Estimated reading time: 5 minutes, 40 seconds
As we approach the 2020 holiday season, many of us will not be celebrating in our traditional ways or locations. The realities of our current distributed working situations are forcing us to rethink our previous ways of gathering, like coming together in one physical location for holiday parties, and adjusting our plans to a virtual environment.
Our Networkplaceless community came together in November to share ideas about celebrating virtually. Thanks to everyone who attended, we walked away bursting with new ideas for connecting with our colleagues. The framework for this conversation came from Priya Parker’s book The Art of Gathering: How We Meet and Why It Matters (you can also watch her excellent Ted Talk here.)
In the process of considering what makes a gathering meaningful and impactful, attendees shared ideas related to three topics highlighted in Parker's work: purpose, environment, and...
While we hope you’ve been showing appreciation to your remote teams throughout the year, we've reached the season where gifts can be a capstone token of appreciation for your employees’ contributions through what has assuredly been a difficult year.
Our team has pulled together a robust list of gift ideas that are specifically for professionals who work from home or as a part of distributed teams. We’ve focused on physical gifts as well as virtual presents for teams. Since we’re a small business ourselves, we aimed to include fellow small businesses throughout our suggestions.
Image source: Leon and George, Canva, Mashable, A Year of Boxes, Frères Branchiaux, NY Times
Because so many of us have been physically disconnected from friends, family, and co-workers this year, it can be especially meaningful for employees to receive a physical token of appreciation. Note: many of...
Estimated reading time: 4 minutes
One of the top mistakes remote managers make is failing to give timely and meaningful feedback. Improper—or a total lack of—feedback quickly leads to disengaged employees and poor performance.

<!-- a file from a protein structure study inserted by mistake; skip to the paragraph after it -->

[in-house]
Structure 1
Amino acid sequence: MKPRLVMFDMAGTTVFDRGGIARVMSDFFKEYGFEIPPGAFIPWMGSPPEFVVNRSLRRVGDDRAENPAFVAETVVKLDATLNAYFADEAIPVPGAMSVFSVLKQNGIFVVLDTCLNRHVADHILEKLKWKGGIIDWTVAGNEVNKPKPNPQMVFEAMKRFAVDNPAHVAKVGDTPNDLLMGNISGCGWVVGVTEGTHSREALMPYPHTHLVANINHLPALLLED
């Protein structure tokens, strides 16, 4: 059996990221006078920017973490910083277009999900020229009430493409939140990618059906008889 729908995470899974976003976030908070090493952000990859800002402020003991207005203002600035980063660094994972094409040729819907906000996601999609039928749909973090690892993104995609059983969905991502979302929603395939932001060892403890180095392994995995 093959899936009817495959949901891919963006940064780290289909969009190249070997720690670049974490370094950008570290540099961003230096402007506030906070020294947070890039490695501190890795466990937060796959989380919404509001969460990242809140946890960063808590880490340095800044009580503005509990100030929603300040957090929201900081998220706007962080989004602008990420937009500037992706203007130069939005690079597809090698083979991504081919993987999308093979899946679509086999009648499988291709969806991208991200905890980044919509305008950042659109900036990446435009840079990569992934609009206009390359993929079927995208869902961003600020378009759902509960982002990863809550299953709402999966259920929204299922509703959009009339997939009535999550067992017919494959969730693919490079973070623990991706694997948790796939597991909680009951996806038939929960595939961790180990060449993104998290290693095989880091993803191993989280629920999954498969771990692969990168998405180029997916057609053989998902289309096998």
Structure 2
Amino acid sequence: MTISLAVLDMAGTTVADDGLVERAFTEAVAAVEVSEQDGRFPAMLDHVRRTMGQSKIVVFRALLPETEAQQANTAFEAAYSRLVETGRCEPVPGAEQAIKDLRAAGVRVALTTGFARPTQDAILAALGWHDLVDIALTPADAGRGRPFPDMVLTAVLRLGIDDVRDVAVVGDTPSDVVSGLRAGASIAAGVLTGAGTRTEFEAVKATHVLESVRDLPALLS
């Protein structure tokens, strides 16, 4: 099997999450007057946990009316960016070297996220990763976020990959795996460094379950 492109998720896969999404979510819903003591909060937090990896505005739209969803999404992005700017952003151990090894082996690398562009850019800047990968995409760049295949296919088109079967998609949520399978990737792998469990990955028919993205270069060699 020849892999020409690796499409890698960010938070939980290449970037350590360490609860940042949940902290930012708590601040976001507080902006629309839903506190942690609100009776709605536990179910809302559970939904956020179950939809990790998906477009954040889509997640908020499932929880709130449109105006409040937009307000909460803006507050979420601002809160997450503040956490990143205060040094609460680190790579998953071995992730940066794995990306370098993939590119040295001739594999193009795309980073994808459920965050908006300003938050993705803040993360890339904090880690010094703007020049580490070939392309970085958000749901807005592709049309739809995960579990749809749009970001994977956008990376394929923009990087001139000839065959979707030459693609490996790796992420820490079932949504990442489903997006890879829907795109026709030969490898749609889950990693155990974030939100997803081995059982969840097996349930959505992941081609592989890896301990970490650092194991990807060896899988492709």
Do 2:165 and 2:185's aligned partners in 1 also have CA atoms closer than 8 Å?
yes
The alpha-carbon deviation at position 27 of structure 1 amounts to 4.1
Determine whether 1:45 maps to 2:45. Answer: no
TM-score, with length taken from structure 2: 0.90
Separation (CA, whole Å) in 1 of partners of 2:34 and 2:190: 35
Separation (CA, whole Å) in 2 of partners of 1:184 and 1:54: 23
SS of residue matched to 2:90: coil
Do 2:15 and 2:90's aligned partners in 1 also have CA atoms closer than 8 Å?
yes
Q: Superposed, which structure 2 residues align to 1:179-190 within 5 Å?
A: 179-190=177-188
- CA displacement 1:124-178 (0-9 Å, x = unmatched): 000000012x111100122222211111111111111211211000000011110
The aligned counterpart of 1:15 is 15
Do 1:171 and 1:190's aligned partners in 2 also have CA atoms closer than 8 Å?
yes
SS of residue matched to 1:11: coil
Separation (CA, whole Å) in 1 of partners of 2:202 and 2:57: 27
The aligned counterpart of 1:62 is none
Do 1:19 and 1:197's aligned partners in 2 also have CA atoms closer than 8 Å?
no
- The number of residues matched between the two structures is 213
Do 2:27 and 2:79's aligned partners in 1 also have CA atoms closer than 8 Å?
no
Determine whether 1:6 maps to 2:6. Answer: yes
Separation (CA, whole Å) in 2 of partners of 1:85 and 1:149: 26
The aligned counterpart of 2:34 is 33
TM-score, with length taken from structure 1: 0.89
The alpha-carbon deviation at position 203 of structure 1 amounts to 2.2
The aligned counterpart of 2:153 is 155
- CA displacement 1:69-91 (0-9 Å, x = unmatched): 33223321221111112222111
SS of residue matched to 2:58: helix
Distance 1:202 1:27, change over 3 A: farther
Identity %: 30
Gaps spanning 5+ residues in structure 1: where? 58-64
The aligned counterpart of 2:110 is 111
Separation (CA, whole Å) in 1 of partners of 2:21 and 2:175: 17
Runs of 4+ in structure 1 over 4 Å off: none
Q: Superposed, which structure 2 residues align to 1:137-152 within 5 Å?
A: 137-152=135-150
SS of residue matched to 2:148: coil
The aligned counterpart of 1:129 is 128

As many leaders continue to work through how to best navigate virtual interactions with employees, we’ve developed a quick guide on how to give effective feedback, remotely.
Estimated reading time: 5 minutes, 30 seconds
How do teams choose how to communicate?
In a co-located work environment, the answer is pretty clear: walk down the hall or pop into someone’s office for a quick check-in; send an email if they’re not there.
As researchers remind us, face-to-face may be the richest medium for communication, but when teams want to be more productive, cost-effective, and have access to talent, companies turn to remote and hybrid work. But as remote teams know, there are hundreds of choices for meetings, chatting, collaborating—synchronous and asynchronous communication tools . . . where does one start?
The selection of communication tools begins with understanding the unique challenges of remote team communication and defining processes that work for professionals who are not physically located in the same office space.
During our July Networkplaceless event, we welcomed three experts who led us in a...
By Jacqueline Zeller, CMO of Workplaceless. Currently working from home alongside two kids at home.
As many more of us are shifting our working habits to work from home, parents are increasingly finding themselves at the intersection of both emergency remote work and emergency online learning. Even for those of us who have been working remotely for years and have found solutions to some of the challenges, working from home with kids (#WFHWK) is a whole new ball game.
There will be days that will feel like productivity triumphs and days that feel like the triumph is solely that everyone is still alive and fed. Forgive yourself. And forgive your teammates. This is hard and no one has a perfect solution.
With expected stay-at-home timelines continually being extended, looking back at the original two week guidance seems like a utopia. On top of that, advice is conflicting. Set a...